Inside the Sayyeda Zainab shrine, a retired Syrian army officer on guard duty insisted that Hizbollah’s involvement in the area was not a sign that Assad loyalists had a sectarian agenda. In his office, where the barred window was blocked by sandbags and bore the remains of a mortar round on the sill, he sat under pictures of both Hizbollah’s Mr Nasrallah and Ayatollah Ali Khamenei, supreme leader of Iran.
The officer, who declined to give his name, said the other side were extremists, not his. He reminisced about how he fought in the 1982 government offensive against a Sunni Islamist uprising in the central city of Hama, a campaign that claimed an estimated 20,000 deaths.
“I lived day by day and minute by minute the story of the Muslim Brotherhood in Hama,” he recalls, in a reminder that there is more of a sectarian history in Syria than some of its citizens are prepared to acknowledge. “I remember that at that time they killed a lot of soldiers – and a lot of Shia.”
In the shrine itself, a vault of dazzling arabesques and mirrored surfaces, women in black abayas who had been displaced from their homes crowded around to denounce rebel jihadism. One woman from the al-Zahra district of the central city of Homs said opposition fighters had killed local people in crimes whose motivation appeared as blurred as the wider argument over sectarianism.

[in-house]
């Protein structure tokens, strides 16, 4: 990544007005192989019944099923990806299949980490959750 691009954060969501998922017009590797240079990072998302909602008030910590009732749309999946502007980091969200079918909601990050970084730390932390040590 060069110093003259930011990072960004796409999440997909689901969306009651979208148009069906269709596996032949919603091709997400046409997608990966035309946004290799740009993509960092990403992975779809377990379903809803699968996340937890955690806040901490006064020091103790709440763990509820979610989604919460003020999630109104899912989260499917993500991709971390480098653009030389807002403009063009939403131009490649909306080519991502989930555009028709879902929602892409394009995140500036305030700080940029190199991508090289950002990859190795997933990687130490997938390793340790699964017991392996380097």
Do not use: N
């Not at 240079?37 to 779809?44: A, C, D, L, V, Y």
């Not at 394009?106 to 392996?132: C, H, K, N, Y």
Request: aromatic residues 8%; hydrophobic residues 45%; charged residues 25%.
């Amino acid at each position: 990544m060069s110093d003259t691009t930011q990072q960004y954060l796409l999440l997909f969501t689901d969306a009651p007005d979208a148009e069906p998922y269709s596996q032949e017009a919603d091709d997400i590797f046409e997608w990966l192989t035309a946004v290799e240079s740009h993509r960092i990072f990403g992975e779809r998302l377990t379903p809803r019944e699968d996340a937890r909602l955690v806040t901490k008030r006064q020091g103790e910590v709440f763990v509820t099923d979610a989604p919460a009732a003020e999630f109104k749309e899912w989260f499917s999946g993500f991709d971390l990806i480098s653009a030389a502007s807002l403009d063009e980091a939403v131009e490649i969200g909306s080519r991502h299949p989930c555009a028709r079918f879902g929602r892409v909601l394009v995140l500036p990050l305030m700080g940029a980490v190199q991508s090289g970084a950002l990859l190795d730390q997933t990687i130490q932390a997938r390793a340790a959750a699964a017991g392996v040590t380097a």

“I don’t understand why they are killing them and kidnapping them,” she says. “Sometimes they say because they are Shia, sometimes they say because they are with the regime.”
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There is a belief – bordering at times on desperation – among some Syrians that the country will always pull back from a full sectarian war. Syria’s history of more than a millennium as a home for people of many ethnic groups and religious beliefs is a source of justifiable pride. But the harsh truth is that, in an ever more brutal conflict, a near 1,400-year-old schism within Islam is already serving as a potent rallying point.
Whether sectarian ideology is ultimately a symptom or a cause of the conflict may matter little if it increasingly defines the boundaries on which the struggle is drawn.
Syrians commonly cite a chilling slogan they claim is used by opposition extremists: “Christians to Beirut, Alawites to the grave.”
Back in Sayyeda Zainab, the shopkeeper Akram surveyed the deserted highway beyond his window.
He evoked a sense of loss that many Syrians share these days, their self-image as a diverse yet cohesive society shattered. “This street used to be full 24/7,” he says. “But now the people who once lived together are afraid of each other.”